During World War II, Nazi Germany led a systematic campaign to loot and plunder art from Jews and others in the occupied countries. Much of the stolen art was recovered by the Allies in the immediate aftermath of the war, however, thousands of valuable art pieces were not returned to their rightful owners or were never relocated. In the decades following the Holocaust, a concerted international effort was undertaken to identify Nazi plunder that still remains unaccounted for with the aim of ultimately returning the items to the rightful owners or their families.
The Third Reich amassed hundreds of thousands of pieces of artwork - worth billions of dollars - and stored them throughout Germany. Other pieces deemed "degenerate" were legally banned from entering Germany so Hermann Goering and Joseph Goebbels tasked a number of approved dealers with liquidating these assets overseas and passing the funds back for the Nazi war effort.
At the end of World War II, the Allies found plundered artwork in more than 1,000 repositories across Germany and Austria. Under the direction of the U.S. Army, nearly 700,000 pieces were identified and restituted to the countries from which they were taken, whose governments were then supposed to locate the original owners and return the art. Unfortunately, thousands of pieces either never made their way back to the rightful owners or the owners could not be tracked down.
In 1985, European countries began to release inventory lists of works of art "that were confiscated from Jews by the Nazis during World War II, and announced the details of a process for returning the works to their owners and rightful heirs."
The recovery of stolen art took a more international scale in 1998. On June 30, thirty-nine countries signed a joint pledge to identify art stolen from Holocaust victims and to compensate their heirs. Nearly every European country - in addition to the United States, Canada, Argentina, Brazil, Russia and Israel - signed the agreement. Soon after, an Austrian advisory panel recommended the return of 6,292 art objects to their legal owners, most of whom were Jews.
In November 1998, the U.S. Department of State and the U.S. Holocaust Memorial Museum co-hosted the Washington Conference on Holocaust-Era Assets in whcih delegations from forty-four governments and thirteen non-governmental organizations participated. Though the conference addressed various issues related to the confiscation of assets by the Nazis during the Holocaust, the principal issue was looted art and the conference achieved a substantial degree of consensus on a set of principles dealing with looted art. These principles include encouraging research into the provenance and identification of art, calling for these findings to be publicized, urging the establishment of a central computerized registry linking all Holocaust-era art-loss databases and encouraging alternative dispute-resolution strategies.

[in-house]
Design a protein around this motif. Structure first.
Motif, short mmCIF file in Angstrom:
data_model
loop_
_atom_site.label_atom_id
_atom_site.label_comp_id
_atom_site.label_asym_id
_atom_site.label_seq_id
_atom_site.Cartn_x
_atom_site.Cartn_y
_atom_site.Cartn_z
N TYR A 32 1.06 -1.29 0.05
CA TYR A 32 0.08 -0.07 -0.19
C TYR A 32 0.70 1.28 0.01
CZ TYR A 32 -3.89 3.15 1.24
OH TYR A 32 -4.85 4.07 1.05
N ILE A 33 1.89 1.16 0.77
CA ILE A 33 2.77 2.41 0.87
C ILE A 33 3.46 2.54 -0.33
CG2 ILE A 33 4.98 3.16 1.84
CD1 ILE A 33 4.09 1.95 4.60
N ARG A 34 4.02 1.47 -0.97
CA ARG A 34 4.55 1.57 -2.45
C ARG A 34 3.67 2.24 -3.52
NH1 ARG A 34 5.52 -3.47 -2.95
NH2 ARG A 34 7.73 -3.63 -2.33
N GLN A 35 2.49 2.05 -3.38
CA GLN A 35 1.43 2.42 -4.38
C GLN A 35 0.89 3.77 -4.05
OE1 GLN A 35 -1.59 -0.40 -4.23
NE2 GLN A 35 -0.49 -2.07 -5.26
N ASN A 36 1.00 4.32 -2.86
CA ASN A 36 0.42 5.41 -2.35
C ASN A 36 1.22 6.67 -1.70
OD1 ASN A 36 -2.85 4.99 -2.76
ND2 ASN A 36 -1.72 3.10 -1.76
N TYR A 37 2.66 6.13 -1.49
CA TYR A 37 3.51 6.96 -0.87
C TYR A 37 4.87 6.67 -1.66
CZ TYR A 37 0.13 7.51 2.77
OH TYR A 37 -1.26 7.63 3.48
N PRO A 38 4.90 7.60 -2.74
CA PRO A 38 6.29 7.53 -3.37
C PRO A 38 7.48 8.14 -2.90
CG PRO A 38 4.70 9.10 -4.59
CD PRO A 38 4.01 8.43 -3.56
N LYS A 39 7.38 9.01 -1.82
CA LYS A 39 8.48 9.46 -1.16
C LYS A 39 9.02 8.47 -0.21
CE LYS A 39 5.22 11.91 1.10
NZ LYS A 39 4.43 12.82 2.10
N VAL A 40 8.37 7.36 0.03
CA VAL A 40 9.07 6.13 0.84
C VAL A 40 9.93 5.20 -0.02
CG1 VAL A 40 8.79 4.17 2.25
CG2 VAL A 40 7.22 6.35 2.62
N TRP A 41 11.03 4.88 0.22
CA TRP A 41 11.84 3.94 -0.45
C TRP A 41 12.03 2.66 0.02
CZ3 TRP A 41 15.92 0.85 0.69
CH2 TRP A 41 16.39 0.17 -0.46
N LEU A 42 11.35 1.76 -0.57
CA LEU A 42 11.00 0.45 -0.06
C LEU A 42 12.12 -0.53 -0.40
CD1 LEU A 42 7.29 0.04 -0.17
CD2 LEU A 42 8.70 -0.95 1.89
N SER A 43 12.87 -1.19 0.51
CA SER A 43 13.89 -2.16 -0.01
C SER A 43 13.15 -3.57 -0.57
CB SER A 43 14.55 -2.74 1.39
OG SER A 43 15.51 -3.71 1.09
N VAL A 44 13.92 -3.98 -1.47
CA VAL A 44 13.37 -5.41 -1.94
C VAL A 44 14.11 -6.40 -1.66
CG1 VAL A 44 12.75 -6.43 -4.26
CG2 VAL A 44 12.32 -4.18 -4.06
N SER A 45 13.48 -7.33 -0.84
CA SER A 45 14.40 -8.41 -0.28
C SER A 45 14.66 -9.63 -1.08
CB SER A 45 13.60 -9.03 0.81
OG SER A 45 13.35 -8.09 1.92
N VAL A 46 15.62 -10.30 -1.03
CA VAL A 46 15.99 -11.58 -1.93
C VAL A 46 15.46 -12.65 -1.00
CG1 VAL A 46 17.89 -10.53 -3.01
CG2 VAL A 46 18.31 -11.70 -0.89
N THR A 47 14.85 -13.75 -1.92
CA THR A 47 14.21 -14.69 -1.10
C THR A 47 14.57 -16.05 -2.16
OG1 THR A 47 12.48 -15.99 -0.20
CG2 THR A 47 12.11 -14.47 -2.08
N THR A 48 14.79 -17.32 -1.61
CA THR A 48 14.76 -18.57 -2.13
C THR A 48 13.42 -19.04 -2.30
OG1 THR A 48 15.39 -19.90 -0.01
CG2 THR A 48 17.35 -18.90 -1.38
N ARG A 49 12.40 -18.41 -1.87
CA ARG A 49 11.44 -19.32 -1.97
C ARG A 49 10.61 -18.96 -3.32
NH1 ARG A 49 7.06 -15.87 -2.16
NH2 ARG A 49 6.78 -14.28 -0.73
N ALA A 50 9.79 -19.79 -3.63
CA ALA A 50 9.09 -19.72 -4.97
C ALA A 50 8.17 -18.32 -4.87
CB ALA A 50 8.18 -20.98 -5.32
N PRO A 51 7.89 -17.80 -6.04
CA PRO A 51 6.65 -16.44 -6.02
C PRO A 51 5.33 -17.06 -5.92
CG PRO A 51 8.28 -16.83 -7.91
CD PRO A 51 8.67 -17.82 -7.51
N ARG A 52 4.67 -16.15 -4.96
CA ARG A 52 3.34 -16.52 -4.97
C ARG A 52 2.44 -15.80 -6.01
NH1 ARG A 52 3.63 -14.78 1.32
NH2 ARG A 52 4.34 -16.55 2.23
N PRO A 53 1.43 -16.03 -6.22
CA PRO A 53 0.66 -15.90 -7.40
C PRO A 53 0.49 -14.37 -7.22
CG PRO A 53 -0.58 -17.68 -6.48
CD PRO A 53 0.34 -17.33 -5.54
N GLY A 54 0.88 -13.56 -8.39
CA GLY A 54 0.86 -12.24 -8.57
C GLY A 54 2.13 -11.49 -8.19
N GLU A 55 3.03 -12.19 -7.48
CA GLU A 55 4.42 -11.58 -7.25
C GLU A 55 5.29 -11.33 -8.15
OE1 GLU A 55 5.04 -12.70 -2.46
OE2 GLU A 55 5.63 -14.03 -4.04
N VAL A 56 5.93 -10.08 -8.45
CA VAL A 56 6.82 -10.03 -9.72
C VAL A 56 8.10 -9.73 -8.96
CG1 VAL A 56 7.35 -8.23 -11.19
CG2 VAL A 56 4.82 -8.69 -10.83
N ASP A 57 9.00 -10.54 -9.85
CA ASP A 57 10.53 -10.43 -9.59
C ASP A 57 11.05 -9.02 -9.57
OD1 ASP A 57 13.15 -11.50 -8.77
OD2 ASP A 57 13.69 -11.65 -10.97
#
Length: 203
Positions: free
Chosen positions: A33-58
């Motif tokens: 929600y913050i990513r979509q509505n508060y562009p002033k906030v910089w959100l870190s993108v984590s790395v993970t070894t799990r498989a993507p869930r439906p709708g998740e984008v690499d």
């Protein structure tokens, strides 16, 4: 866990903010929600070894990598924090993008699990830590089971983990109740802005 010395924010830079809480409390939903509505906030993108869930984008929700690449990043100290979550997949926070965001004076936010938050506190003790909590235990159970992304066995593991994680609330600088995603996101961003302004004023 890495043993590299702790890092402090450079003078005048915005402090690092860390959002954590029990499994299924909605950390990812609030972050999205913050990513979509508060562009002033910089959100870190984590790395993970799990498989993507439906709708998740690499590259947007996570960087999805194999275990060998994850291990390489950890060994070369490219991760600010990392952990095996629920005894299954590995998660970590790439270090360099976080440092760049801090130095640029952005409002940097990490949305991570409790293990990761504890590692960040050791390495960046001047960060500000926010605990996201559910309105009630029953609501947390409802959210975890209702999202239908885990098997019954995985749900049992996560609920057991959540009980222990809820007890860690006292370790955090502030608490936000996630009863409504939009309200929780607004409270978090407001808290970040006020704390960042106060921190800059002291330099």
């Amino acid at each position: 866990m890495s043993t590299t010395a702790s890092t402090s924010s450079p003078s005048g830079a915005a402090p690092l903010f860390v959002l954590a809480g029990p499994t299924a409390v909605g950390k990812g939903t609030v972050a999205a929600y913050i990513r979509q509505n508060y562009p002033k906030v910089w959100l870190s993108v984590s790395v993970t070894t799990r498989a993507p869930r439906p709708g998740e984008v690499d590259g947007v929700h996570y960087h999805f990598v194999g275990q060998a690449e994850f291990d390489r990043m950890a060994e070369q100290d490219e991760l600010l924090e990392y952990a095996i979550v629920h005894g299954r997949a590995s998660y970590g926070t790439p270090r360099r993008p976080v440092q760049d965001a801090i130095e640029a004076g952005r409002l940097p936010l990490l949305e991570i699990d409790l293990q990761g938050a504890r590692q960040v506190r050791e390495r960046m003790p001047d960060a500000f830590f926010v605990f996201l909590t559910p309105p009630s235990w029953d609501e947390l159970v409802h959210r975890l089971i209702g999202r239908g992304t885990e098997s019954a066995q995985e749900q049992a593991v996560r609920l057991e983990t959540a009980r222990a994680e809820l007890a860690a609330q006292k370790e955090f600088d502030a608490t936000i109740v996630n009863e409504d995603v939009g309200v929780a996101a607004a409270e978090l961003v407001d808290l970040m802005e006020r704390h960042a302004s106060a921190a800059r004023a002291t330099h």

Following the Washington Conference, the Association of Art Museum Directors developed guidelines requiring museums to review the provenance of their art collections, focusing on art looted by the Nazis. The National Gallery of Art in Washington, for example, identified more than 400 European paintings with gaps in their provenance during World War II era while New York City's Museum of Modern Art told Congress that they were "not aware of a single Nazi-tainted work of art in our collection of more than 100,000."
In Germany, the government subsequently established the Lost Art Database to serve as a central office for the documentation of lost cultural property which as a result of Nazi persecution were relocated, moved or seized, especially from Jewish owners.